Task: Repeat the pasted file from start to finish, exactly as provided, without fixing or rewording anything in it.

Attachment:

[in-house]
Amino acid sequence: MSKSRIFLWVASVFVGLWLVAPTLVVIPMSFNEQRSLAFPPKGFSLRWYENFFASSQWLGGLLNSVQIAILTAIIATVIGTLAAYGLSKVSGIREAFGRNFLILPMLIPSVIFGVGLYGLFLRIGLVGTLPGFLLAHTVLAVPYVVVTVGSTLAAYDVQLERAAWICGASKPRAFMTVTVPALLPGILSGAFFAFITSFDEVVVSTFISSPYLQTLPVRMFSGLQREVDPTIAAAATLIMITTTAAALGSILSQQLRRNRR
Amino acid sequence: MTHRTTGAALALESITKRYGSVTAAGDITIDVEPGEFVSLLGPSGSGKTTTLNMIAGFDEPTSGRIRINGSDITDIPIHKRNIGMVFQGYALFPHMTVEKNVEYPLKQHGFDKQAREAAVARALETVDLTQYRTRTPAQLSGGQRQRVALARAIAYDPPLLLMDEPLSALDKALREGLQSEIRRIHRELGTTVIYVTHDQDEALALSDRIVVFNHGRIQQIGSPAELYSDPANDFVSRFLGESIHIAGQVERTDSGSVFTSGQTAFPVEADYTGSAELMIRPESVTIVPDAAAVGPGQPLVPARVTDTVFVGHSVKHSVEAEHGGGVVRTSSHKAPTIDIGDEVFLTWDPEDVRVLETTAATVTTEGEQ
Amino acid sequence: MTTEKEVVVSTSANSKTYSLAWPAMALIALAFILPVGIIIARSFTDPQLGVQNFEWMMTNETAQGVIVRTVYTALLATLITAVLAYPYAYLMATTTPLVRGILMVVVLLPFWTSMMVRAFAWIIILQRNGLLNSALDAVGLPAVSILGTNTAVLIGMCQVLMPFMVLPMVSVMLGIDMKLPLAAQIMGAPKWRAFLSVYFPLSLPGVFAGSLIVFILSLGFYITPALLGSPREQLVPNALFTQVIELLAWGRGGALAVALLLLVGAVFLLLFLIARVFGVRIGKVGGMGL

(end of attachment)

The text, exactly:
[in-house]
Amino acid sequence: MSKSRIFLWVASVFVGLWLVAPTLVVIPMSFNEQRSLAFPPKGFSLRWYENFFASSQWLGGLLNSVQIAILTAIIATVIGTLAAYGLSKVSGIREAFGRNFLILPMLIPSVIFGVGLYGLFLRIGLVGTLPGFLLAHTVLAVPYVVVTVGSTLAAYDVQLERAAWICGASKPRAFMTVTVPALLPGILSGAFFAFITSFDEVVVSTFISSPYLQTLPVRMFSGLQREVDPTIAAAATLIMITTTAAALGSILSQQLRRNRR
Amino acid sequence: MTHRTTGAALALESITKRYGSVTAAGDITIDVEPGEFVSLLGPSGSGKTTTLNMIAGFDEPTSGRIRINGSDITDIPIHKRNIGMVFQGYALFPHMTVEKNVEYPLKQHGFDKQAREAAVARALETVDLTQYRTRTPAQLSGGQRQRVALARAIAYDPPLLLMDEPLSALDKALREGLQSEIRRIHRELGTTVIYVTHDQDEALALSDRIVVFNHGRIQQIGSPAELYSDPANDFVSRFLGESIHIAGQVERTDSGSVFTSGQTAFPVEADYTGSAELMIRPESVTIVPDAAAVGPGQPLVPARVTDTVFVGHSVKHSVEAEHGGGVVRTSSHKAPTIDIGDEVFLTWDPEDVRVLETTAATVTTEGEQ
Amino acid sequence: MTTEKEVVVSTSANSKTYSLAWPAMALIALAFILPVGIIIARSFTDPQLGVQNFEWMMTNETAQGVIVRTVYTALLATLITAVLAYPYAYLMATTTPLVRGILMVVVLLPFWTSMMVRAFAWIIILQRNGLLNSALDAVGLPAVSILGTNTAVLIGMCQVLMPFMVLPMVSVMLGIDMKLPLAAQIMGAPKWRAFLSVYFPLSLPGVFAGSLIVFILSLGFYITPALLGSPREQLVPNALFTQVIELLAWGRGGALAVALLLLVGAVFLLLFLIARVFGVRIGKVGGMGL